sales aren't what they used to be. A combination of factors ended the netbook craze that existed not all that long ago, including the rising popularity of tablet PCs, lower cost notebooks, and the recent introduction of highly portable Ultrabooks. Underscoring this point is the fact that Intel's Atom
processor and chipset revenue fell by nearly a third (32 percent) in the Q3 2011 compared to the same quarter in 2010, according to IHS iSuppli
. So what does the future hold for Atom?
Looking ahead, Intel is shifting its Atom strategy towards network-attached storage (NAS) devices, entry-level servers, and embedded applications. This shift will begin with the introduction of Intel's next Atom CPU -- Centerton -- built on a 32nm manufacturing process with a slim architecture and low power consumption, according to DigiTimes.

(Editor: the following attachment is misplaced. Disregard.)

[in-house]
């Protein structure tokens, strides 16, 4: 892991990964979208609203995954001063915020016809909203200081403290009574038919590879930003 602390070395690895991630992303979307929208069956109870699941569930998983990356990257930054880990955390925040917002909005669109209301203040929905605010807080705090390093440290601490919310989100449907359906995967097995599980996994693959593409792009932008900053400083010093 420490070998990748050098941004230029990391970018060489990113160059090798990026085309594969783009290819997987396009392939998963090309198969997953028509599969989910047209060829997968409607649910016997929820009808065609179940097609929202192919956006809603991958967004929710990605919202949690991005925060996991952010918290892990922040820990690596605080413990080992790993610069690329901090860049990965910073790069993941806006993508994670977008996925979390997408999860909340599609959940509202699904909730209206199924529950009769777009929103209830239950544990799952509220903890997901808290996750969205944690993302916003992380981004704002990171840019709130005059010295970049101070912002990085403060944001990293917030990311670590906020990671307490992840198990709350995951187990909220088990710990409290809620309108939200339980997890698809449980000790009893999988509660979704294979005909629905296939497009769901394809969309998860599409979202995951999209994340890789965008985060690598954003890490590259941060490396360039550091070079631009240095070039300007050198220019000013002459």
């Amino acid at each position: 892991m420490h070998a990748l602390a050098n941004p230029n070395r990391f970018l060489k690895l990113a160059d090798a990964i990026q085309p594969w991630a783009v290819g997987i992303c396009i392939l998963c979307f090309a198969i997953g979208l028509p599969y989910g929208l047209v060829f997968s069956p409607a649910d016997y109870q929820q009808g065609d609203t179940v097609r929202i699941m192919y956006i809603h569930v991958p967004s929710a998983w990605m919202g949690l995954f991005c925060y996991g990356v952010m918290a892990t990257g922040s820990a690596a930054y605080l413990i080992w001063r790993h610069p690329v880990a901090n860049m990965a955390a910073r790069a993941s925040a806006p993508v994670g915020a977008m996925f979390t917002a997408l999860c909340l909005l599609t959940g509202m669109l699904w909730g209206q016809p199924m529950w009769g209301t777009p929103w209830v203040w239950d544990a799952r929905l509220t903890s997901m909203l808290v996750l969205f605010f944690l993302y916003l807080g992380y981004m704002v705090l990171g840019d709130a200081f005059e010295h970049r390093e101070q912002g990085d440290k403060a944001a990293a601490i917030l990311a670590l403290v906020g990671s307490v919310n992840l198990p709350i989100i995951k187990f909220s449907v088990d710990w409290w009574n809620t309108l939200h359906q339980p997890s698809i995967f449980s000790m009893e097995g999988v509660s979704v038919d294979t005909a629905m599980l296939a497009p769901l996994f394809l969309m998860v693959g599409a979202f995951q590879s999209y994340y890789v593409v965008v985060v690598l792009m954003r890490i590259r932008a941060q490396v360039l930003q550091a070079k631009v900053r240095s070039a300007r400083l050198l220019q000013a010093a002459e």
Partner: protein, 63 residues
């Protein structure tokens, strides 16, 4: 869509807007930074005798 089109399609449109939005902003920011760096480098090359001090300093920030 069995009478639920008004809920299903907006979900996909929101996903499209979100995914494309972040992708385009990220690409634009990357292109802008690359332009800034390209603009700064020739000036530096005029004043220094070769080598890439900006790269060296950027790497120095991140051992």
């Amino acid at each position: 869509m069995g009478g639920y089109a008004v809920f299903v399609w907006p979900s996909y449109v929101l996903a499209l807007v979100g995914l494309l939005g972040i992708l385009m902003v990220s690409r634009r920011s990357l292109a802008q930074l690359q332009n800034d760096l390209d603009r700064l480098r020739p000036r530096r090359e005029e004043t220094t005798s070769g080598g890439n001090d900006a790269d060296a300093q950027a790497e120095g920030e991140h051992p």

Skipping ahead to 2013, Intel will following up Centerton with 22nm Silvermont-based Atom processors, and then 14nm Airmont-based Atom chips in 2014. By then, Intel hopes to have a better foothold in the tablet PC market, the same one that's been partially responsible for consumers' waning interest in netbooks.